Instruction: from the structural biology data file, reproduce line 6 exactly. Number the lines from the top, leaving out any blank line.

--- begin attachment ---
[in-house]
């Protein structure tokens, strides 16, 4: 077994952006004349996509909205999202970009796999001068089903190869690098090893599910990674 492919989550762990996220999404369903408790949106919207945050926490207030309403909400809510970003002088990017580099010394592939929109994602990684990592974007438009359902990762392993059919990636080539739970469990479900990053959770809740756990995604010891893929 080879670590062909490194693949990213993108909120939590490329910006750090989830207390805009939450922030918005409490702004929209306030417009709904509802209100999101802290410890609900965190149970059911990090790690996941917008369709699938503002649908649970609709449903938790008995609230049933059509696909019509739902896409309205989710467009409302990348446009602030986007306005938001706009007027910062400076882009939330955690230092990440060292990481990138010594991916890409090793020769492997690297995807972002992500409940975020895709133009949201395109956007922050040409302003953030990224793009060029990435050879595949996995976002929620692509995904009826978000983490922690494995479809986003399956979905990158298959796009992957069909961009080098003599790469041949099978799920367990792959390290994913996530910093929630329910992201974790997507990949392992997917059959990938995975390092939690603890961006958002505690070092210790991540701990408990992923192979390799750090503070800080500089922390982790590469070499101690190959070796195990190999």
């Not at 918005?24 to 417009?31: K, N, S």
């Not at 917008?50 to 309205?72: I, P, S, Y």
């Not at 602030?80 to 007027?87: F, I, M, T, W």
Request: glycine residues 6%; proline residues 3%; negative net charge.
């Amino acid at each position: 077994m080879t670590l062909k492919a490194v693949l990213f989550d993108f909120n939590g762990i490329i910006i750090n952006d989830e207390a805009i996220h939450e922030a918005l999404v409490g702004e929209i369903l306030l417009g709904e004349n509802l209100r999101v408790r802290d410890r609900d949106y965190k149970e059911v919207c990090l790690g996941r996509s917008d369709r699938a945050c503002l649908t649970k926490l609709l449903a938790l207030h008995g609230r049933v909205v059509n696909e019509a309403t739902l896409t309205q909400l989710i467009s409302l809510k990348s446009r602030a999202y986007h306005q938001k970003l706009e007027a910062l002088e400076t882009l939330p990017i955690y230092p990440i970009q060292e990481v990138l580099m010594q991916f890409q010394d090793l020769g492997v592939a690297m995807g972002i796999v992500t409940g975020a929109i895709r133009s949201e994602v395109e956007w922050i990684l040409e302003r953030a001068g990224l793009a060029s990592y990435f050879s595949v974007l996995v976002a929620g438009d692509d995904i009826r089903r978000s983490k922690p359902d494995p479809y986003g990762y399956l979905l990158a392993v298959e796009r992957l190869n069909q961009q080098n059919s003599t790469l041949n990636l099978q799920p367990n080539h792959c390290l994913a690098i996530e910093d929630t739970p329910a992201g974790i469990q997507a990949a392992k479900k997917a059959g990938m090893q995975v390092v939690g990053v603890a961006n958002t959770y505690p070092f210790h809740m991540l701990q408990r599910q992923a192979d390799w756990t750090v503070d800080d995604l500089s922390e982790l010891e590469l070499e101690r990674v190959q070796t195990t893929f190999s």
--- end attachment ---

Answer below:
Request: glycine residues 6%; proline residues 3%; negative net charge.